Activists lack evidence; told to do some good for the environment

May 13th, 2016

The credibility of anti-fossil fuel activists took a major blow in the closing days of Federal Parliament – and there could be significant ongoing impact.

Despite putting forward their most ardent, and supposedly credible voices, and firing their most alarmist rhetoric, activist groups failed to win their case with what they might have expected to be empathetic Parliamentary committees.

All the big activist groups turned out for separate inquiries into coal seam gas and taxpayer subsidies for environmental organisations:  Lock The Gate, Greenpeace, the Wilderness Society, the Australia Institute and many many more.  In each inquiry, they came away disappointed – and in one case facing the prospect of an important rule change which could force them to rethink their anti-social protest activity.

In the case of the coal seam gas inquiry, the clear bias of the chair, Senator Glenn Lazarus, was evident from the start, as he labelled the industry a ‘scourge’ even before the first hearing.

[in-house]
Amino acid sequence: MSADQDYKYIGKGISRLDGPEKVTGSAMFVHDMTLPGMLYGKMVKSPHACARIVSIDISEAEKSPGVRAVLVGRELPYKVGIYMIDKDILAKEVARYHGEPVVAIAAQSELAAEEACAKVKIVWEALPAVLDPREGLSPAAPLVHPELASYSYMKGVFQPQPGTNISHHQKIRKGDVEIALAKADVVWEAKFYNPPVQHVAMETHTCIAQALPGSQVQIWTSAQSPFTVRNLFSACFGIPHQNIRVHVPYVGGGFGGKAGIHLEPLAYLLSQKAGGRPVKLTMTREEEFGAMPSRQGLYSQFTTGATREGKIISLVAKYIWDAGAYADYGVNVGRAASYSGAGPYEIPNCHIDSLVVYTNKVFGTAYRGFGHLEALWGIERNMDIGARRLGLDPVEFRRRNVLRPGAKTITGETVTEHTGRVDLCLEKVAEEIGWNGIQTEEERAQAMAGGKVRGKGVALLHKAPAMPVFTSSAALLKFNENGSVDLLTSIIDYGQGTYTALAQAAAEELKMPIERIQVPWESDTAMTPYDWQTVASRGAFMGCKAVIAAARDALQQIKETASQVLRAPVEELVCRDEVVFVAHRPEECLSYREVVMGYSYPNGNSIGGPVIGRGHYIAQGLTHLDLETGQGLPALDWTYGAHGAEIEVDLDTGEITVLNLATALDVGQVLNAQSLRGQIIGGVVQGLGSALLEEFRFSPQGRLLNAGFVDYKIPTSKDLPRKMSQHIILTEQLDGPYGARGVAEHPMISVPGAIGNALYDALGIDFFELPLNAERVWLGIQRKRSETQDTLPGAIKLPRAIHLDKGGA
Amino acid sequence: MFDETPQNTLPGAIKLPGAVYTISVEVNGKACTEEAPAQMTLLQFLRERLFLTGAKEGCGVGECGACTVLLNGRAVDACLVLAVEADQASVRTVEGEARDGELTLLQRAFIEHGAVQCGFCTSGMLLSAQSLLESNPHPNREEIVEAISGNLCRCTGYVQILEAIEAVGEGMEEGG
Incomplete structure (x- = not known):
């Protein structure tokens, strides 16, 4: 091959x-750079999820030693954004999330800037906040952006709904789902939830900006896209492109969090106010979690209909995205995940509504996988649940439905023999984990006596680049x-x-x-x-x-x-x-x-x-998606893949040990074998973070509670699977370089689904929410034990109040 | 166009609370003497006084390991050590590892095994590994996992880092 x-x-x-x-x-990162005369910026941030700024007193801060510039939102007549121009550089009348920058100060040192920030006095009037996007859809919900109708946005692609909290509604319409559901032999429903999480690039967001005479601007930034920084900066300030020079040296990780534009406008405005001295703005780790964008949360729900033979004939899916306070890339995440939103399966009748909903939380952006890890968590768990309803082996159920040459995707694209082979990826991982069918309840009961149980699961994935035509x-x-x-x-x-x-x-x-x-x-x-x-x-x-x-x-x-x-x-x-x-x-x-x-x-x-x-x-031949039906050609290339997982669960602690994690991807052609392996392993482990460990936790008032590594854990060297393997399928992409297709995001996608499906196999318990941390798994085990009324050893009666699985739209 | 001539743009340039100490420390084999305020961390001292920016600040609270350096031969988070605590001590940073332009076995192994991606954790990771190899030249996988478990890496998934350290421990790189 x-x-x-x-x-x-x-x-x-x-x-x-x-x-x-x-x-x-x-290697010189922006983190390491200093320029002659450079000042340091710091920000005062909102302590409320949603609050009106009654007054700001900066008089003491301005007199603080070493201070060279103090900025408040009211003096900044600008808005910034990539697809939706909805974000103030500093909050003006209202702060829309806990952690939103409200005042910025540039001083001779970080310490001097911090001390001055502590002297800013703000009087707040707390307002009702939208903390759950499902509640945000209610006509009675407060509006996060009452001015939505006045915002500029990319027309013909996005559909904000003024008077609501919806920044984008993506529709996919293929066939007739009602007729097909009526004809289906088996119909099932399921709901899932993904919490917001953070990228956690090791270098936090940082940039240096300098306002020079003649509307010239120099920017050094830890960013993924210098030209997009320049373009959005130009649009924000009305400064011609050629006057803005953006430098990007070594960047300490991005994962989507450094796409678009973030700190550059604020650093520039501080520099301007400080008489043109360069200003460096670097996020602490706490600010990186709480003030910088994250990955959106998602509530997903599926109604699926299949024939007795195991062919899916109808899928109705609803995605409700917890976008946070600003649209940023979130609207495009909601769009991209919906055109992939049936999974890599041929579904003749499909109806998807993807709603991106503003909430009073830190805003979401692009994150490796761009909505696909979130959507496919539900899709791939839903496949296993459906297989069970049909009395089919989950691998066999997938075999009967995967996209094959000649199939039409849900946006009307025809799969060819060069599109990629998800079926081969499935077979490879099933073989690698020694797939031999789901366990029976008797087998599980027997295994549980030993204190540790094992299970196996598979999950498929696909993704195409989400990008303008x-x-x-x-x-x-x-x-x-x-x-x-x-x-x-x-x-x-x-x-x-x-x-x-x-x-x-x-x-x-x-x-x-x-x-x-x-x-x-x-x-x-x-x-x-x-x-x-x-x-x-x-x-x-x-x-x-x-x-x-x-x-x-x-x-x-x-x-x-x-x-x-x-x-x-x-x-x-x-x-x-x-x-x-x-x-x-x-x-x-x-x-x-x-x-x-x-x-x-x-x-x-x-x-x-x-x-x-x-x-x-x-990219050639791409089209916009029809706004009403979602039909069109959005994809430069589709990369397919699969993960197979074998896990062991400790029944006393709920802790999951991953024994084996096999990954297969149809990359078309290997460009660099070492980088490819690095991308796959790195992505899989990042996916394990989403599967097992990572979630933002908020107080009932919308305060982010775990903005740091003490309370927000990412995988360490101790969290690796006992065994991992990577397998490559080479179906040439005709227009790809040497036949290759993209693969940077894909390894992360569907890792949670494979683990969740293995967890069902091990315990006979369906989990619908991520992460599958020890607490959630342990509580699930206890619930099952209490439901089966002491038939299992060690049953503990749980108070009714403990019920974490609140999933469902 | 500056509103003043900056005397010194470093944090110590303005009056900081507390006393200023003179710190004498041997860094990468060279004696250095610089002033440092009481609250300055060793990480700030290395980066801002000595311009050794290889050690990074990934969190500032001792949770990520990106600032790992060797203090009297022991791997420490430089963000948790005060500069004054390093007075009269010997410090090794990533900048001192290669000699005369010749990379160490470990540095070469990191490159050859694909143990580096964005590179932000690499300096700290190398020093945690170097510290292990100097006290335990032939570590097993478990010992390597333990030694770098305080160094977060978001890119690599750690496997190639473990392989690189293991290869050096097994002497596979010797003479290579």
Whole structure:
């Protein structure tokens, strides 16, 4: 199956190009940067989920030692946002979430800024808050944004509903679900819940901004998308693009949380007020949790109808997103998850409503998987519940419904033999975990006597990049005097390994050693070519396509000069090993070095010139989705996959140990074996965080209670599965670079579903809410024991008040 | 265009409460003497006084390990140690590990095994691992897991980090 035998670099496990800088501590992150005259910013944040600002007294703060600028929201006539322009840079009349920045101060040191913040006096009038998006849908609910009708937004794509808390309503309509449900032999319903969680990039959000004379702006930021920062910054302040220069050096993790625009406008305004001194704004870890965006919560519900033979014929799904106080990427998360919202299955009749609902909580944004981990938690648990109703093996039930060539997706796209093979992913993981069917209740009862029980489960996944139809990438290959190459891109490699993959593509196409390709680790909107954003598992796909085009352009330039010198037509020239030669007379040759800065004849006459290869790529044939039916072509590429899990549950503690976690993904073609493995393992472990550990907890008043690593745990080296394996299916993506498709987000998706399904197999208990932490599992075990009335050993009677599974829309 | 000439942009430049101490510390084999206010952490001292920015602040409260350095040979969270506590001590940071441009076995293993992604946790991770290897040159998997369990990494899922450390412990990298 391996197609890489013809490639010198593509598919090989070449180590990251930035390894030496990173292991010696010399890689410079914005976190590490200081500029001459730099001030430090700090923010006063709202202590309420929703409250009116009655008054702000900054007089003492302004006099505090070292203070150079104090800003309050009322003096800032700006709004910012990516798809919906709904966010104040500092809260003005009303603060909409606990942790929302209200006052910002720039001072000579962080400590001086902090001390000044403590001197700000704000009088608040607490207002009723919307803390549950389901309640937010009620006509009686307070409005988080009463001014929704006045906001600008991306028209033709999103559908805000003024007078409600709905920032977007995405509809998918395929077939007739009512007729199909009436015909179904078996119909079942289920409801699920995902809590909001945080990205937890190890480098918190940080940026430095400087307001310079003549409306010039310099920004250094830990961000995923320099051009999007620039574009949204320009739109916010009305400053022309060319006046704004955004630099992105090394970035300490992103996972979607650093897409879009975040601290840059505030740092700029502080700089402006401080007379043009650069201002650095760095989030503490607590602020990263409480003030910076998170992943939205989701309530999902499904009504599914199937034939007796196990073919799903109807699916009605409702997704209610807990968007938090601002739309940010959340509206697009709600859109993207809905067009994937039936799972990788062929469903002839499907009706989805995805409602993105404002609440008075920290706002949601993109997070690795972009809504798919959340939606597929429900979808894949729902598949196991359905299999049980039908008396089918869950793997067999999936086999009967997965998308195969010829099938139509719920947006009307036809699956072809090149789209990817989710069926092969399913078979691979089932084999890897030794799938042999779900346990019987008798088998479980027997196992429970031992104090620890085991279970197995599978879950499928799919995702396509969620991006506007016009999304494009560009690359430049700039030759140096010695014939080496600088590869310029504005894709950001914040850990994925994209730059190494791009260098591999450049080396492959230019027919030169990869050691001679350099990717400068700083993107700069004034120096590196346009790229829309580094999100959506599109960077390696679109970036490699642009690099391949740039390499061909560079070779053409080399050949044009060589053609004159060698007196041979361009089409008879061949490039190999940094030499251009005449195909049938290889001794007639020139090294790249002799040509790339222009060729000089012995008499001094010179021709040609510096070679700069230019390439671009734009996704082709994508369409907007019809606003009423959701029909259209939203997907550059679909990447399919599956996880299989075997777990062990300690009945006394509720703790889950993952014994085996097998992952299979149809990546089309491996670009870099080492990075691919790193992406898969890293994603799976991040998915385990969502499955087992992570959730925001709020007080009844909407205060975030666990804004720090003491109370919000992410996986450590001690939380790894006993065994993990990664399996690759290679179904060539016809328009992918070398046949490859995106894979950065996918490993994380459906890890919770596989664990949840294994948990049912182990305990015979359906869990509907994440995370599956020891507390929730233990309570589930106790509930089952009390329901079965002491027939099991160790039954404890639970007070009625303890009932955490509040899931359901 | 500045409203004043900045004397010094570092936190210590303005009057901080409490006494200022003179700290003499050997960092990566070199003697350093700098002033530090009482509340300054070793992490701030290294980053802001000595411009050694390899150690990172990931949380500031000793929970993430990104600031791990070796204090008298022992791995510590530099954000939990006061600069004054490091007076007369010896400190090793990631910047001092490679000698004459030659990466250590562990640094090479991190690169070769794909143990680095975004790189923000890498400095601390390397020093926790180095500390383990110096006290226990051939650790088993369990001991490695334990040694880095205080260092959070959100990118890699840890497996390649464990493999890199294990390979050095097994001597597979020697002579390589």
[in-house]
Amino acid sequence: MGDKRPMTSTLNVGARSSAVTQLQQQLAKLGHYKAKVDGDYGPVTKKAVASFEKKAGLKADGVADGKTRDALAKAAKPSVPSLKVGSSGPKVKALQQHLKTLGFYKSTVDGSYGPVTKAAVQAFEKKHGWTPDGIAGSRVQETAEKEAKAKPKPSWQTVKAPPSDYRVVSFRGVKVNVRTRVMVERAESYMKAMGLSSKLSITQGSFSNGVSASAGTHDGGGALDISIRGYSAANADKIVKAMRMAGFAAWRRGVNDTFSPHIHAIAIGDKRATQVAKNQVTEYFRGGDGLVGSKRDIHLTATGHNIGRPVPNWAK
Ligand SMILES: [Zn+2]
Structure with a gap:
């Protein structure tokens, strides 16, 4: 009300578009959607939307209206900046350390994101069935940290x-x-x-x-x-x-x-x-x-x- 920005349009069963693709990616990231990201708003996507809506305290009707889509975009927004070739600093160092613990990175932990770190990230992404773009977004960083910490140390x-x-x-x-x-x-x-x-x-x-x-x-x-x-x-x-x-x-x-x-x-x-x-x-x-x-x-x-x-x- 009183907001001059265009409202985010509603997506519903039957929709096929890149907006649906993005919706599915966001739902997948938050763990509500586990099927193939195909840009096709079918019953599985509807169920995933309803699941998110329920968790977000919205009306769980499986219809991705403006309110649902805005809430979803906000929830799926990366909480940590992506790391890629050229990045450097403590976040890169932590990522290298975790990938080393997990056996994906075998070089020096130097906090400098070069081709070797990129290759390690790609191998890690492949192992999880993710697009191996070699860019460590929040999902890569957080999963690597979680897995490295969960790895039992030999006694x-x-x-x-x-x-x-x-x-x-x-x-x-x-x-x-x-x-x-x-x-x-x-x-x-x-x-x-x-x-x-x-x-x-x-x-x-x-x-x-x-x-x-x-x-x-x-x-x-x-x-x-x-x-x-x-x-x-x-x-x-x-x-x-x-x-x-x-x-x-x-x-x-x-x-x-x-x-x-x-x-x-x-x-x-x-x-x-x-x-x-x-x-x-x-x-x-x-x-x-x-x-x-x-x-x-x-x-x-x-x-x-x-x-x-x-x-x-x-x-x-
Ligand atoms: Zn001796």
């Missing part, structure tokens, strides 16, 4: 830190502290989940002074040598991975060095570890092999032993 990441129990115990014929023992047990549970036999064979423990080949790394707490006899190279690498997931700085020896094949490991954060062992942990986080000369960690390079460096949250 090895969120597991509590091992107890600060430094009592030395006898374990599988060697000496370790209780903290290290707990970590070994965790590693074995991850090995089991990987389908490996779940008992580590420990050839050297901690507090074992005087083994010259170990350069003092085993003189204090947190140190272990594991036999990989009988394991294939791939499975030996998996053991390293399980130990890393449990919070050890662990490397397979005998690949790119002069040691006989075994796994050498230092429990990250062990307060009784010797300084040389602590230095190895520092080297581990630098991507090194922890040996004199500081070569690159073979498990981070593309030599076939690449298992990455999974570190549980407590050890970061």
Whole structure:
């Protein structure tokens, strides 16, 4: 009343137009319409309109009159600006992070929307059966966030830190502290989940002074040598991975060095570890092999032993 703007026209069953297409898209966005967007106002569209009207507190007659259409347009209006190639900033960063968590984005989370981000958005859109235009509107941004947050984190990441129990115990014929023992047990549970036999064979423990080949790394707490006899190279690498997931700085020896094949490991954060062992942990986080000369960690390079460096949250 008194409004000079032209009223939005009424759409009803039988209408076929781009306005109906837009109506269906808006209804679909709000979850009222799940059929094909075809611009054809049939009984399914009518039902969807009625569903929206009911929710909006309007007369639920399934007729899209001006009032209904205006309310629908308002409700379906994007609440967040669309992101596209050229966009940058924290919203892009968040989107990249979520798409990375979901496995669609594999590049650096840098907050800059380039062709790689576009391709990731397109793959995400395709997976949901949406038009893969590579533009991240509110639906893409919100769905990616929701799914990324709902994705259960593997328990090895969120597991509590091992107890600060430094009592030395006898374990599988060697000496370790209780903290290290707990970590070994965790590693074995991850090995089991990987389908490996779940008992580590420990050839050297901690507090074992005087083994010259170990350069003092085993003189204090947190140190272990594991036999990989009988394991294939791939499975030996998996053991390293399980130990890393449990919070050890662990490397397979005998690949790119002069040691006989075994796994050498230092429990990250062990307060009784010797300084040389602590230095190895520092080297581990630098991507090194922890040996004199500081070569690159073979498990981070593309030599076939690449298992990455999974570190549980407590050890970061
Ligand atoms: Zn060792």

Despite a series of activist-stacked and anti-industry biased hearings, Senator Lazarus failed to win the day.  As a result, Senator Lazarus  took the highly unusual step of including a chapter in the committee report solely for his views.

Labor and Government Senators were much more measured, noting the lack of evidence to underpin activist claims and identifying a strong, appropriately regulated future for the natural gas industry.

The other inquiry, conducted by the Parliament’s Environment Committee, agreed with our contention that environmental groups ought do at least some physical good in order to be eligible for taxpayer benefits they currently enjoy.

If the committee’s recommendation is accepted by Government, environmental groups will have to devote a quarter of their spending to constructive work in the physical environment — as opposed to putting it all into quasi-political activism, as is now the case for many beneficiaries of taxpayer subsidy.

The committee was also empathetic to the submission by ERIC and others that protest groups which deliberately break the law ought to have their benefits withdrawn immediately.

To read more, see the following article published in the Narrabri courier newspaper, in northern NSW.


Narrabri Letter 12.05.16

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